My reason for leaving consists of a kind of push and a pull—a push for leaving Ethiopia and a pull to come home. The pull is the simple part. The strongest pull comes from my family and friends. The inability to stay connected and to be with the people whom I define myself by has been an incredible challenge—one that makes my day-to-day difficulties all the more difficult. Anyone who has been far away from their family and friends knows the unbelievable strain that comes from not being a part of the daily lives of the ones you love, and I feel that pull to come back home every single day.
Another pull homeward is my career path. During my time here in Ethiopia, the happiest, most connected, and most fulfilled I’ve felt is when I’m working with my students. I’ve found that my heart is in education. And, while my English clubs and work with my students has been the most rewarding of my time here, my Peace Corps program in combination with the culture at government schools severely limits the time and the extent to which I can work with my students. I spend the majority of my time trying to get teachers to work with me and students to come consistently. Last semester, I was able to hold English Club at my government primary school only three times, including one impromptu session where I just opened my door and random kids came from their teacher-less classrooms to practice the alphabet. Not once did another teacher come to work with me or the students.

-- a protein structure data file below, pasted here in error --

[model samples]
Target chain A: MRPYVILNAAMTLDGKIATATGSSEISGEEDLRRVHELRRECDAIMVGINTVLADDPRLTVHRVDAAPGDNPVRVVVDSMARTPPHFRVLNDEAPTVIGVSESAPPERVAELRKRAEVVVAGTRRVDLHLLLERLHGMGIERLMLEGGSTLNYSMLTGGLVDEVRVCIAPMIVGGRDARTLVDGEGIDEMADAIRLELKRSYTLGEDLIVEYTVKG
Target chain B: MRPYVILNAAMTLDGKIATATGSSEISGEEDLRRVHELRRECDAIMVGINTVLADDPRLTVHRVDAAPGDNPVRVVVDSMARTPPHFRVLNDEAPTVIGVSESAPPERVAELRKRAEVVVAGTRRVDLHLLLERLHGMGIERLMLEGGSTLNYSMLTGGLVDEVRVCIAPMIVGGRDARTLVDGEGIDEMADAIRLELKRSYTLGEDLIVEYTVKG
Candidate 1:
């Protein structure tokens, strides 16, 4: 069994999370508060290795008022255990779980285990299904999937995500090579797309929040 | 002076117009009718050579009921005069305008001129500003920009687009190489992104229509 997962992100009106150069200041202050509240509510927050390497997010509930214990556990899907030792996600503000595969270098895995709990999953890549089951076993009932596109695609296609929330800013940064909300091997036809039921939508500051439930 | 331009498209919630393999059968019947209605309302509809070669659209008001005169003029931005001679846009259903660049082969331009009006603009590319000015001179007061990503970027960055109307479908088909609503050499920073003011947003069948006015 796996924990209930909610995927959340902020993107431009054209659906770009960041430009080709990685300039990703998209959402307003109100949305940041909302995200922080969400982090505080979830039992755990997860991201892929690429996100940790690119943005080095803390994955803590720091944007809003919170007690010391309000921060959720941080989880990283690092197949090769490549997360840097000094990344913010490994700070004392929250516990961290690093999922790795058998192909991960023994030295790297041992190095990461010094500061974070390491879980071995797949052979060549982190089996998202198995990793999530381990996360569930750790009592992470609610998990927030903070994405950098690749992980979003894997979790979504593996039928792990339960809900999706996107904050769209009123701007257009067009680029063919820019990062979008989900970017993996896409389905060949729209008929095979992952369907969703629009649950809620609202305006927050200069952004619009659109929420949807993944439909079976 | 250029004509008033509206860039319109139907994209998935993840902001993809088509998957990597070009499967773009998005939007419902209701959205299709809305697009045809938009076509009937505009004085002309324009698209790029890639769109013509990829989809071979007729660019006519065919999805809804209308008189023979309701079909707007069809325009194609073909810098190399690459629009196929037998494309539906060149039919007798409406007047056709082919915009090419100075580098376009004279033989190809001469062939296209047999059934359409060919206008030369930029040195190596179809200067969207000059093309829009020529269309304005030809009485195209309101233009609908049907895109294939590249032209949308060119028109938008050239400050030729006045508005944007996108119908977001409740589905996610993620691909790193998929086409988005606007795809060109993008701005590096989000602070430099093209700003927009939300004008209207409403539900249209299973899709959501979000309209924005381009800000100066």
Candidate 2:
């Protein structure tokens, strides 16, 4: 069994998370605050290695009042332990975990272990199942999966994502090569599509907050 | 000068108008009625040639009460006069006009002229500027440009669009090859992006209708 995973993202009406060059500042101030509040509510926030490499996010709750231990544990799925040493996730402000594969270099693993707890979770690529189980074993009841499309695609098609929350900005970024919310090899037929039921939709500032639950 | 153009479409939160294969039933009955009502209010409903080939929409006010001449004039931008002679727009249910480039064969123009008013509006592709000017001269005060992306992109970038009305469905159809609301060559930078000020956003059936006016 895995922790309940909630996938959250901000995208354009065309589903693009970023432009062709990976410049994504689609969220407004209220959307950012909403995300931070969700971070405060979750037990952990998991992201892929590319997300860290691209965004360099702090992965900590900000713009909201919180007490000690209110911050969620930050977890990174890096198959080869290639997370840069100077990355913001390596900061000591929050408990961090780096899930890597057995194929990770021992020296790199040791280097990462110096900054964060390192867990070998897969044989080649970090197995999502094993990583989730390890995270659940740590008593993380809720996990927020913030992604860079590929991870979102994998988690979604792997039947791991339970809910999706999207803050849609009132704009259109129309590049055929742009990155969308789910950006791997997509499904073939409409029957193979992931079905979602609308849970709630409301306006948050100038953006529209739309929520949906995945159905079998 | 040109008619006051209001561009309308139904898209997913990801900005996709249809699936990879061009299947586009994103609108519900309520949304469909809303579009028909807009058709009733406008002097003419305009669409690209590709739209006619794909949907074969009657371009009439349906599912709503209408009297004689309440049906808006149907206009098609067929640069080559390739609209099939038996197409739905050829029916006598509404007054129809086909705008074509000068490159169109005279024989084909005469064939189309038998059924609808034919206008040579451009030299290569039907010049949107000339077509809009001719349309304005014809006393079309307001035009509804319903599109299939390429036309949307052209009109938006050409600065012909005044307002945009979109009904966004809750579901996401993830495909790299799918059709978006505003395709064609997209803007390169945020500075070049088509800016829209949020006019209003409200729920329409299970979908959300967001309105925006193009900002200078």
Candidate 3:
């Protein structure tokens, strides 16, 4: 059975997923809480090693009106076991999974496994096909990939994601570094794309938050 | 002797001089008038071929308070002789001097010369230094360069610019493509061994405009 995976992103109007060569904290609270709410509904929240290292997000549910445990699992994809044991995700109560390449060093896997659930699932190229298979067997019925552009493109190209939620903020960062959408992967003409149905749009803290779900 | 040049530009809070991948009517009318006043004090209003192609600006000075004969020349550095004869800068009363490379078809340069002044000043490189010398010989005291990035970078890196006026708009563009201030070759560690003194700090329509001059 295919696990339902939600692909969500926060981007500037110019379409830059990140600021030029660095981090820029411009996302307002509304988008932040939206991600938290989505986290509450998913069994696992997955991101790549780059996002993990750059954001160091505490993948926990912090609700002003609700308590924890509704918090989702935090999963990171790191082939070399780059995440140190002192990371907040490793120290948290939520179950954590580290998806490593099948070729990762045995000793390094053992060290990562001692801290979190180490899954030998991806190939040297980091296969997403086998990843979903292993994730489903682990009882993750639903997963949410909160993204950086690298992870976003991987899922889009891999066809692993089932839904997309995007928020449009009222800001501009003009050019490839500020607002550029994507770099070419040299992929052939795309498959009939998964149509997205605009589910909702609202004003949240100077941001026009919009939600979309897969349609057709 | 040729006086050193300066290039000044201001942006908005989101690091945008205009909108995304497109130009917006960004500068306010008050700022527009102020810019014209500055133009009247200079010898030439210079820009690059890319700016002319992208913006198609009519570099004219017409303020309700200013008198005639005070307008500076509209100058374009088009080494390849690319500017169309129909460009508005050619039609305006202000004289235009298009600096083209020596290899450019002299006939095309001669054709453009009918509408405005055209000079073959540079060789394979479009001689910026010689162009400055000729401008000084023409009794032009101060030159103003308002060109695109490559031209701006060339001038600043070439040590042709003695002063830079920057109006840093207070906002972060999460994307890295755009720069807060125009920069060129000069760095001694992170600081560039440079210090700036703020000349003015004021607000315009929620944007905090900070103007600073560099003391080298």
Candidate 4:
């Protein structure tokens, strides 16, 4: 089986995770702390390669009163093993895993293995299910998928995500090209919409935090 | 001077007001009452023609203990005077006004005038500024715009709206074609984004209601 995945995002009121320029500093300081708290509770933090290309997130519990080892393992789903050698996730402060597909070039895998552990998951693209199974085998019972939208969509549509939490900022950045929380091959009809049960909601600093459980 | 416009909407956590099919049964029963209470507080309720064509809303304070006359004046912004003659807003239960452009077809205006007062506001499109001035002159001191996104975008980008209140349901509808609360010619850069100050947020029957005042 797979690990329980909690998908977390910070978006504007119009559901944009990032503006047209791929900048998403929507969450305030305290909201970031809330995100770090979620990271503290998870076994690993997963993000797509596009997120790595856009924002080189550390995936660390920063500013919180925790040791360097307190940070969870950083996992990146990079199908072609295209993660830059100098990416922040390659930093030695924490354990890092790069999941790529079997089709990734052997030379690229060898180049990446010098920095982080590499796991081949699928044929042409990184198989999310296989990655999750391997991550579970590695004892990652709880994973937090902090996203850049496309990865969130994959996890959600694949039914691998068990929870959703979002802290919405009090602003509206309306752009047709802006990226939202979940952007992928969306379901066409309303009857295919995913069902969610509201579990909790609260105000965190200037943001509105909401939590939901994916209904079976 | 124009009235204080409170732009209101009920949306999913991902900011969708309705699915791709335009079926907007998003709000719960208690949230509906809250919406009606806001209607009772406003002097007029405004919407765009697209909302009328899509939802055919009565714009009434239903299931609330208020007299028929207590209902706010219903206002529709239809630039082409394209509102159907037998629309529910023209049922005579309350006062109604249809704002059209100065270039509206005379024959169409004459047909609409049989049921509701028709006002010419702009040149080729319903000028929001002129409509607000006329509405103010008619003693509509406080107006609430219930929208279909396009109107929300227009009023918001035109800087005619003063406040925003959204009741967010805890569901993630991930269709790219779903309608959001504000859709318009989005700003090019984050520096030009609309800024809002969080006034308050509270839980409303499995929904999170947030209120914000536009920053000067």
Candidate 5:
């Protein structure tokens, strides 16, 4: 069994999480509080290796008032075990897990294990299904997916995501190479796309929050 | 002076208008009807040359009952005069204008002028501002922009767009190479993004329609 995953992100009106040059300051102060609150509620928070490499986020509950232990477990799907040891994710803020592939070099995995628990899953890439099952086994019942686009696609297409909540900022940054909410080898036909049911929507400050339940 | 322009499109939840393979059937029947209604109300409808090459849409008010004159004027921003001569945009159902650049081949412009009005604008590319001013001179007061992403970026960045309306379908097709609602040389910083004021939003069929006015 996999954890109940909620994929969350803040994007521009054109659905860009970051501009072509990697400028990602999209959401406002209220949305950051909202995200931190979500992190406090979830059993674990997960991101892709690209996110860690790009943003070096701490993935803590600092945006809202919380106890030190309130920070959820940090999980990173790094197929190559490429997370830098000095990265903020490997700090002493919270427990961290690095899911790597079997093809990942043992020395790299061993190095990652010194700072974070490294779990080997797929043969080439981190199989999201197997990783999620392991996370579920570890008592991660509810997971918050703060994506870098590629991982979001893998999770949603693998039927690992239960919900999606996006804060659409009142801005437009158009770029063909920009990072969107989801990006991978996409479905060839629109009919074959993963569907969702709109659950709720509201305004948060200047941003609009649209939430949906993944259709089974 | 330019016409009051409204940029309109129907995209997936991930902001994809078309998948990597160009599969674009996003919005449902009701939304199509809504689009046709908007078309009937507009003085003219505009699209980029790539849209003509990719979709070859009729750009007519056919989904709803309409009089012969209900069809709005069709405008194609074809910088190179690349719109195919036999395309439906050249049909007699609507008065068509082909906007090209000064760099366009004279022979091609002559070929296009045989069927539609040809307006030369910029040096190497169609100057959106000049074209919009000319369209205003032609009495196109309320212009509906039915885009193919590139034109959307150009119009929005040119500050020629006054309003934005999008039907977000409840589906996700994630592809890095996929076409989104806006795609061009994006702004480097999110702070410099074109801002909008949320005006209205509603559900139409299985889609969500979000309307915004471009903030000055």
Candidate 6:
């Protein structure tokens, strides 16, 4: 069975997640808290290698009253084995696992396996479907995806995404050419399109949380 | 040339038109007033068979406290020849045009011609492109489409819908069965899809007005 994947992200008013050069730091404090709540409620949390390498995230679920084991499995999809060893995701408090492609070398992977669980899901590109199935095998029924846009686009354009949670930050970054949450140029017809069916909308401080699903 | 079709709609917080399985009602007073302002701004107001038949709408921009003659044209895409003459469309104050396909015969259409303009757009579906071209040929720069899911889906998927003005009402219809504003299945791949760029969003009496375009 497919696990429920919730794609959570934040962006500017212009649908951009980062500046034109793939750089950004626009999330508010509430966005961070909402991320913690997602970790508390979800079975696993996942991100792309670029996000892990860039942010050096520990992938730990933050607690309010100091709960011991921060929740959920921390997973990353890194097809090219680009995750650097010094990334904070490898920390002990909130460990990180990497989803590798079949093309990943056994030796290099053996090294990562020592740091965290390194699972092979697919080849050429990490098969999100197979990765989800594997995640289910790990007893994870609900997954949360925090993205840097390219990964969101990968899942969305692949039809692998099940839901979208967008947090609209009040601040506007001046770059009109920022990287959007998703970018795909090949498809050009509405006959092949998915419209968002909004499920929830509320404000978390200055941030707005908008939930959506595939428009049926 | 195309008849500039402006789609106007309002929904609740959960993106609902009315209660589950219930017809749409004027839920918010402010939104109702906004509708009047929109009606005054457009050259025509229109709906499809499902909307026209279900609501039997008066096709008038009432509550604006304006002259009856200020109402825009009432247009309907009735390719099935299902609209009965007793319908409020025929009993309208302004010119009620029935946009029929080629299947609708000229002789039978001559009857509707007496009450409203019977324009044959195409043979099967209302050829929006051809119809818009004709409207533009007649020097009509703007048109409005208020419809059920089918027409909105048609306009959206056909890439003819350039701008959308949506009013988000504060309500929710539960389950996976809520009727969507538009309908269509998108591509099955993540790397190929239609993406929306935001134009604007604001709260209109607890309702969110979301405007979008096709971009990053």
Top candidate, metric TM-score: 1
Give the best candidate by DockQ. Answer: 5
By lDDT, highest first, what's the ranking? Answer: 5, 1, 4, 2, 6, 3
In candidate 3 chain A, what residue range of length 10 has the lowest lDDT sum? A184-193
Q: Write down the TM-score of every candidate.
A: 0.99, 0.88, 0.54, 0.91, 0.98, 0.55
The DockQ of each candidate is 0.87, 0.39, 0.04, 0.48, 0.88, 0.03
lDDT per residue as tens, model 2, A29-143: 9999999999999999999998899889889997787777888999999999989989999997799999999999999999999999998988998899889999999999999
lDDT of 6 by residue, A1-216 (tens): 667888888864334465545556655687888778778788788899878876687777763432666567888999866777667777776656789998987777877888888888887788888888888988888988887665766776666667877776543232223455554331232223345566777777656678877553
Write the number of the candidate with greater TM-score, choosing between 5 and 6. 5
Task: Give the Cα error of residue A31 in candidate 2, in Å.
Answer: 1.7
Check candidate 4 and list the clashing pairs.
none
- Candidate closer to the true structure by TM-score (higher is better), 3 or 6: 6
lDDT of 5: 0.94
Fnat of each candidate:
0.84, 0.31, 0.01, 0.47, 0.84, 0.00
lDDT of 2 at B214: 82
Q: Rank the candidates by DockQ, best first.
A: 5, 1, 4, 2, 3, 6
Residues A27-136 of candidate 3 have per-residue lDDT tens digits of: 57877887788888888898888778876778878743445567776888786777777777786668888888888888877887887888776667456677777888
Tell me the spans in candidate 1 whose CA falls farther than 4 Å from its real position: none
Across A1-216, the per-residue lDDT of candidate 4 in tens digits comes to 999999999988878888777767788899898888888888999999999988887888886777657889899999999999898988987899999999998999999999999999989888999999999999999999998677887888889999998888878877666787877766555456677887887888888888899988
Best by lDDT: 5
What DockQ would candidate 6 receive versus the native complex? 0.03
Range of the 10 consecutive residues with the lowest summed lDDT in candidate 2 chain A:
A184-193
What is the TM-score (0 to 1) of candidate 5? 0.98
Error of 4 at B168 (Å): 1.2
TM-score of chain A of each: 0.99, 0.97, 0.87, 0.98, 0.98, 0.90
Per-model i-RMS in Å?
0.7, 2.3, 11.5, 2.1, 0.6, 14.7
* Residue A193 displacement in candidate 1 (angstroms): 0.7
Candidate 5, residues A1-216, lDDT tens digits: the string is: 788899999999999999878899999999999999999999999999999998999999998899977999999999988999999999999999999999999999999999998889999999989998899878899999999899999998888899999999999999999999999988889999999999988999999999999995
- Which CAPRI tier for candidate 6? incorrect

Working here is so much more than your time in the classroom. I would argue that, while it may seem like teaching is our main job, in actuality, we’re spending 85% of our time living and integrating into our communities. And while integrating into my community has been a great if incredibly challenging experience, I have so much more to give to my work and I can’t do that here. I’m constantly frustrated in my efforts to create and implement more programs, and I’ve found myself fantasizing about a 50+ hour work-week, where I see my students every single day and I’m exhausted and content by the weekend. My teaching style, work ethic, and need for mutually beneficial teamwork is much better suited for an American work environment.
This brings us to the more complicated of my reasons for leaving: the push.